The Dornbusch-Fischer-Samuelson (DFS) model of international trade was introduced into the economics literature by three Massachusetts Institute of Technology (MIT) professors in 1977. The model extends the widely accepted theory of comparative advantage of classical economist David Ricardo (1772–1823) to a conceptually infinite number of commodities, and the model integrates money and payments into what essentially had been a barter model. From DFS, greater understanding can be gleaned of the determinants of international trade patterns.
The model assumes the traditional classical framework of two trading countries and of labor being the sole factor of production. Suppose the countries are A and B. Country A exports any good where the wage rate for A ’s workers (WA) multiplied by the labor time needed to produce a unit of the good (LA) is less than the wage rate for B ’s workers (WB) multiplied by the labor time needed to produce a unit of that good in B (LB); that is, A exports any good where WA · LA < WB · LB. Country A imports goods where WA · LA > WB · LB. Expressed alternatively, country A will export goods where (WA/WB) < (LB/LA) and import goods for which (WA/WB) > (LB/LA), and, in DFS, a continuum of goods is specified in descending order of (LB/LA). (It is assumed for simplicity in this discussion that there are no transport costs and that the exchange rate is fixed at one unit of A ’s currency = one unit of B ’s currency.) Thus, if the wage ratio (WA/WB) is given, an examination of labor times can determine which goods in the continuum will be exported from A to B and which from B to A.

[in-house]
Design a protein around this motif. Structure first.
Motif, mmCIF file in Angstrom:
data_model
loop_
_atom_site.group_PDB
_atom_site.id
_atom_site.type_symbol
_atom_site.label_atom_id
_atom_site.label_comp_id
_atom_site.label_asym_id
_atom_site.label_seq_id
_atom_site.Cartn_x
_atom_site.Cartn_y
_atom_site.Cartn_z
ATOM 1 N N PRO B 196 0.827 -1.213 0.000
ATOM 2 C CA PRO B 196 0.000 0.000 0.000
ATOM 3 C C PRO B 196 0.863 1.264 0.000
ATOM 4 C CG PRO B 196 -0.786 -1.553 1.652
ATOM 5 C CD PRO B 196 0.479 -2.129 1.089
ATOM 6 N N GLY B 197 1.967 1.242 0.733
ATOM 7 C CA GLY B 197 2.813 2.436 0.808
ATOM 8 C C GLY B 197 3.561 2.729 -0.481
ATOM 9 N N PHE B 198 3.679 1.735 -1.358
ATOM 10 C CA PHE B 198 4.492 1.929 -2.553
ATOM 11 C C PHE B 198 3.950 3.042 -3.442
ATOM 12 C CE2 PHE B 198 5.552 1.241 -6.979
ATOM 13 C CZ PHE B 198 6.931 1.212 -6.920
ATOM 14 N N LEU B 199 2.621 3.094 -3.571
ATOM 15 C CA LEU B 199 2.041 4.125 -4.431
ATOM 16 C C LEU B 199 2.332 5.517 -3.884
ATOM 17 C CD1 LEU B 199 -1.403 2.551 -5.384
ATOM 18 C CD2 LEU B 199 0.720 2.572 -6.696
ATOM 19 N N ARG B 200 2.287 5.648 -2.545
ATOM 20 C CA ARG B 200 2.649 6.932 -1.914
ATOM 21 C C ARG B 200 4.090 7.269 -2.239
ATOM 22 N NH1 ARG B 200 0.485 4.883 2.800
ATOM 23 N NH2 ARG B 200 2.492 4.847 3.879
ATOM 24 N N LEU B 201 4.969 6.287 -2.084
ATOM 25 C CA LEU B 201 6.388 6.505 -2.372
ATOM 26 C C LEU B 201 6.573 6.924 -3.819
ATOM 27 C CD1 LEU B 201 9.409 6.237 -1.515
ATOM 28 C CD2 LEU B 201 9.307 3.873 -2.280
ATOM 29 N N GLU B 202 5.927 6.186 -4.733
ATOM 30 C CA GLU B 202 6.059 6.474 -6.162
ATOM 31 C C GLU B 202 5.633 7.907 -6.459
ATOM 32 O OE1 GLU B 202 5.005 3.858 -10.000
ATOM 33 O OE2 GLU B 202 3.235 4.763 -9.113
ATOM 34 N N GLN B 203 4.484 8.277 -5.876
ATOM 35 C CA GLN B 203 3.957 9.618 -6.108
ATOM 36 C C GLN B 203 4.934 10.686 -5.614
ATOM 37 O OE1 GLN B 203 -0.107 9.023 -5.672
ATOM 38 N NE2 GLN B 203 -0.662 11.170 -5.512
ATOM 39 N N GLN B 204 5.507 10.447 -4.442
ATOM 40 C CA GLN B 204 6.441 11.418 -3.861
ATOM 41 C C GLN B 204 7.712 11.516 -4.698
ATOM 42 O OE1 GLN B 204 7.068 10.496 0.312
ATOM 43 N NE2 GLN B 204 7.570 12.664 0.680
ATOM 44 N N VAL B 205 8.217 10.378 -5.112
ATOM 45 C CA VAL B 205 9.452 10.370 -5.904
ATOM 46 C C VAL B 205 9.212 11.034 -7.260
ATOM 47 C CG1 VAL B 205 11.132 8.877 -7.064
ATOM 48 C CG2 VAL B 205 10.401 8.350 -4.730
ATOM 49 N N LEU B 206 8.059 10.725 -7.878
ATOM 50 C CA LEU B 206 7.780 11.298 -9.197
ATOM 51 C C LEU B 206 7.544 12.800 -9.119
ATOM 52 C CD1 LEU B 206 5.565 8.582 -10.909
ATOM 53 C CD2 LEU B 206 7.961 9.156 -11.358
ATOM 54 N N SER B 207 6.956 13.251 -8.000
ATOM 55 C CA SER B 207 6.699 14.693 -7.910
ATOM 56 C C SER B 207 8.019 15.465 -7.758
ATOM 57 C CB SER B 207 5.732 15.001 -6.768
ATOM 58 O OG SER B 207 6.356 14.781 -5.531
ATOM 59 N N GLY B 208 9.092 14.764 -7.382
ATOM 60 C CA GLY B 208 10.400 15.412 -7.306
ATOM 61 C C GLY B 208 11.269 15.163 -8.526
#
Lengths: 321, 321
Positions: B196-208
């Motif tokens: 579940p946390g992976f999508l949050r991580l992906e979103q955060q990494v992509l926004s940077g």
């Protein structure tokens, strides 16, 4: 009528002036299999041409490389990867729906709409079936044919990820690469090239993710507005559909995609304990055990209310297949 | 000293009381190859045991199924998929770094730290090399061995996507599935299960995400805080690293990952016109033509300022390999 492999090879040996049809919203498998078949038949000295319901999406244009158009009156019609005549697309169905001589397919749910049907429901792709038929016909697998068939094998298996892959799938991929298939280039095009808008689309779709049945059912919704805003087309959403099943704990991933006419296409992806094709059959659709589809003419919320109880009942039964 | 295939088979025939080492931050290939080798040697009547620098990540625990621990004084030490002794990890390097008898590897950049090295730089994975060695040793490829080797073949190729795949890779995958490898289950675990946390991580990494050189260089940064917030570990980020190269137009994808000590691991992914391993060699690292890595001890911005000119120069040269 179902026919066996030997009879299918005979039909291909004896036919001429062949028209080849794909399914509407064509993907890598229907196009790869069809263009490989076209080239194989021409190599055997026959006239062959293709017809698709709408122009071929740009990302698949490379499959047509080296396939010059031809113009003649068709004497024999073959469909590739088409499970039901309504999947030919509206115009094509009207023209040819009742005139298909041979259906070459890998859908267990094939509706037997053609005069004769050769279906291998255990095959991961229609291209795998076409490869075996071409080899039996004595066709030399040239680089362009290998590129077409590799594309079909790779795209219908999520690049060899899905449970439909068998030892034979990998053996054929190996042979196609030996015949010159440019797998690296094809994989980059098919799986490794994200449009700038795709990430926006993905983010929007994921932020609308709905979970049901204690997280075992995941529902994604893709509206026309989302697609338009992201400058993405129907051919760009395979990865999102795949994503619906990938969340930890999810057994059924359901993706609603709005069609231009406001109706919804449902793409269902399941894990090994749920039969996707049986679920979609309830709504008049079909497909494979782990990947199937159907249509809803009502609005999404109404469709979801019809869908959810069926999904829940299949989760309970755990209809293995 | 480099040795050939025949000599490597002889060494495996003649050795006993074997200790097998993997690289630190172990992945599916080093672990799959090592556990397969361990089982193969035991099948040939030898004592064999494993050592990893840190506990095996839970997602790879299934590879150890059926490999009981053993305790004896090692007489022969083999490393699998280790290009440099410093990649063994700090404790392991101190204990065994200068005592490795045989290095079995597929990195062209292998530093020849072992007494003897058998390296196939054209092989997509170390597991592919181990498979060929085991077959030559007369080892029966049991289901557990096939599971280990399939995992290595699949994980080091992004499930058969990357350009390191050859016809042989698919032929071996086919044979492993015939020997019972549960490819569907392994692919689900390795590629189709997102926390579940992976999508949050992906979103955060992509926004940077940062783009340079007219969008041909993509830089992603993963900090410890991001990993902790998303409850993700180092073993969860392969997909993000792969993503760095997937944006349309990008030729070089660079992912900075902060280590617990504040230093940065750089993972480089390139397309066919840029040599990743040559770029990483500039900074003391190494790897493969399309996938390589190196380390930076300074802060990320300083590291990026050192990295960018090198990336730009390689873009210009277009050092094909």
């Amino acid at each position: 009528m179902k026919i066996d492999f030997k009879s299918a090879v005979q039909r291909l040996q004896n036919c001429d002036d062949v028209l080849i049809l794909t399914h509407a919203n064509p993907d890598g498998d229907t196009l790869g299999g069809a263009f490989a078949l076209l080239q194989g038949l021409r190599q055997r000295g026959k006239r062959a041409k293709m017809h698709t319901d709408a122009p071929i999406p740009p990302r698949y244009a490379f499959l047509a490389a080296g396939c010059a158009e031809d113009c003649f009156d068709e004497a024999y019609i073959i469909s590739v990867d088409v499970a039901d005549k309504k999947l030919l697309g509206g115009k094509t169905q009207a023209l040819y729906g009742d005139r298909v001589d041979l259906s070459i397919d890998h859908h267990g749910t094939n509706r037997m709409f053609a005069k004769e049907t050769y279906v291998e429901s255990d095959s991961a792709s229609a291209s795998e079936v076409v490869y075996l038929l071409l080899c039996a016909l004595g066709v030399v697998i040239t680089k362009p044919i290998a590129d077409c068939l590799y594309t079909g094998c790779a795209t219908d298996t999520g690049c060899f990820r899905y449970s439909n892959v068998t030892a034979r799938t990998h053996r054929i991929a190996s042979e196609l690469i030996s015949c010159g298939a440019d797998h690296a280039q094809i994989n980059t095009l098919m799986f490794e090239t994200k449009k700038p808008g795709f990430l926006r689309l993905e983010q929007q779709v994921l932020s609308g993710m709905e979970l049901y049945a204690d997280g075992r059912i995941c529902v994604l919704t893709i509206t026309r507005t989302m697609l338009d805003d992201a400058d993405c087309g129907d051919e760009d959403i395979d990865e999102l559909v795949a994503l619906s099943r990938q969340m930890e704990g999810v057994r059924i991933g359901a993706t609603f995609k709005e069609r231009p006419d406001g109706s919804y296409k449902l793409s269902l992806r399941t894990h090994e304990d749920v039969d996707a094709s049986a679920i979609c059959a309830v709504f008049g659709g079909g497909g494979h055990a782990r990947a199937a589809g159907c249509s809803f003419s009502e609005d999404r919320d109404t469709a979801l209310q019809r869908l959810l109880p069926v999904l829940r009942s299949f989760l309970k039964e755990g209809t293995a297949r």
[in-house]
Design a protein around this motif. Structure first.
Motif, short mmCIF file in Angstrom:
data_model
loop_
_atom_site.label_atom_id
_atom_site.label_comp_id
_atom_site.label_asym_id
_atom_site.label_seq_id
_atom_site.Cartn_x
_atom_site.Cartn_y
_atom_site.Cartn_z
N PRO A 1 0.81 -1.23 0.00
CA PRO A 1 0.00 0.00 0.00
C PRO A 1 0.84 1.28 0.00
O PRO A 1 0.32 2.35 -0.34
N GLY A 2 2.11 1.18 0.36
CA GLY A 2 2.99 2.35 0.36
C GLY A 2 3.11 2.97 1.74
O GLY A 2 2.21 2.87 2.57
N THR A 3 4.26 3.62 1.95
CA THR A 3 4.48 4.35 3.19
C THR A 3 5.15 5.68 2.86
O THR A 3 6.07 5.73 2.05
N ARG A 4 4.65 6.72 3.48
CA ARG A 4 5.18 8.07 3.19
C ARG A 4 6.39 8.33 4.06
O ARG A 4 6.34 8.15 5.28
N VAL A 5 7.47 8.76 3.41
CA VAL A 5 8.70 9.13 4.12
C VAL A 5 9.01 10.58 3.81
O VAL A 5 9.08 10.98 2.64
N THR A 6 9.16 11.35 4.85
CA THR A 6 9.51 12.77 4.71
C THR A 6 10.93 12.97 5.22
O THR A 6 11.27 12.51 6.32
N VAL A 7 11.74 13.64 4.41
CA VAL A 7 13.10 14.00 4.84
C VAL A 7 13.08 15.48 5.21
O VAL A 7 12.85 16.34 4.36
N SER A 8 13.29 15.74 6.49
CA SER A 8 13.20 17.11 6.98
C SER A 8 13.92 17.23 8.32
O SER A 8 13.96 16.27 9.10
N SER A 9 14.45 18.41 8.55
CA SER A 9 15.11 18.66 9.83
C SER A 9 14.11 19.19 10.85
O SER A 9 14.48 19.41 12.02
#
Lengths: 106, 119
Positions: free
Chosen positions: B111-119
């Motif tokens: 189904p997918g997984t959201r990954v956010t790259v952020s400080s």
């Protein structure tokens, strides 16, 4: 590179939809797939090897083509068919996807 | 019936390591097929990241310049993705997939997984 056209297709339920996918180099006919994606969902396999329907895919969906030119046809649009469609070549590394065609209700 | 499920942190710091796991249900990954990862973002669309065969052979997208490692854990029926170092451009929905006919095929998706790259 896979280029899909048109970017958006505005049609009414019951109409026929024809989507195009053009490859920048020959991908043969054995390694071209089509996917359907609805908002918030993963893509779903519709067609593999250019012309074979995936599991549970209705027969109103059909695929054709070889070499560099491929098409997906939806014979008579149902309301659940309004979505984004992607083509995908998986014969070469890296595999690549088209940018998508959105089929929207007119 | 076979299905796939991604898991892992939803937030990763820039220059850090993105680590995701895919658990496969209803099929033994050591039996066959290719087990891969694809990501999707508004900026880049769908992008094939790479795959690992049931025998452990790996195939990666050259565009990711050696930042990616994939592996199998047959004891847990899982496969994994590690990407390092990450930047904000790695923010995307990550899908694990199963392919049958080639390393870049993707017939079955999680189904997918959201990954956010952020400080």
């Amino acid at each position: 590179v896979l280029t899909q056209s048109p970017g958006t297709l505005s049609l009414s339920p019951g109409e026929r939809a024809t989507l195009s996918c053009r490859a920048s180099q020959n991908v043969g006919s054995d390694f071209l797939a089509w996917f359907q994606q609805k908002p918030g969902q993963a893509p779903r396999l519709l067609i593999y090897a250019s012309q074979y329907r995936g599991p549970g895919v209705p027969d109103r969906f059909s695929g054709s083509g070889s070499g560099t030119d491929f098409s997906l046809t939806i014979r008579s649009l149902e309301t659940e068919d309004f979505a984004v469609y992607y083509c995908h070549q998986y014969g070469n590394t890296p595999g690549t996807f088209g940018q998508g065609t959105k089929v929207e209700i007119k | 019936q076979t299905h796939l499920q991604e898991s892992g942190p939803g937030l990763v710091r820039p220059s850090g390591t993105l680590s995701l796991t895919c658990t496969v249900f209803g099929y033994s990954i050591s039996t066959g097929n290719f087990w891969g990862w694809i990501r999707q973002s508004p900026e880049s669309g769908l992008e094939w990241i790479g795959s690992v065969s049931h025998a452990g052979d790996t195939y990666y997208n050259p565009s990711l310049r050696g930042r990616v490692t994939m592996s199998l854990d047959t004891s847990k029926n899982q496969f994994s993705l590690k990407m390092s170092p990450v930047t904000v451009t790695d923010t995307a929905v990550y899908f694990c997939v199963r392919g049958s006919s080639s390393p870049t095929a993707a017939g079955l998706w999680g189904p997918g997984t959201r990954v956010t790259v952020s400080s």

But what determines the wage ratio? As noted above, (WA/WB) would, when compared with the (LB/LA) ratios, determine the trade pattern; however, the trade pattern itself would also determine (WA/WB). For example, if the trade pattern is such that most of the different goods are exported from A to B and few goods are exported from B to A, then, in essence, there is strong demand for A ’s goods (and therefore for A ’s labor) and a trade surplus for country A. This demand for A ’s labor will bid up WA relative to WB. As WA rises, some goods previously exported from A to B [because (WA/WB) < (LB/LA) for those goods] will no longer be exported but will be imported by A because (WA/WB) has increased.
With this interaction of the trade pattern and wage rates, an equilibrium trading pattern is established. Equilibrium occurs with balanced trade (exports = imports for each country) and, for the borderline good in the continuum between the goods exported by A and those exported by B, (WA/WB) = (LB/LA). All goods where (WA/WB) < (LB/LA)—the goods with higher (LB/LA) ratios—will be A ’s exports. All goods for which (WA/WB) > (LB/LA)—the goods with the lower (LB/LA) ratios—will be B ’s exports. The original DFS article then introduced transportation costs, nontraded goods, and exchange rate and other considerations, but the major contribution was this simultaneous determination of relative wage rates and the trading pattern.
From this equilibrium position, the impact of changes in various economic elements can be analyzed. For example, suppose that all consumers turn their tastes relatively away from A ’s goods and toward B ’s goods. The new demand for B ’s goods will increase the wage rate in B relative to the wage rate in A, a change that will cause some of B ’s export goods to become A ’s export goods. At the new equilibrium, balanced trade will be restored, country B will be exporting fewer different goods than originally, and B ’s wages will have risen relative to A ’s.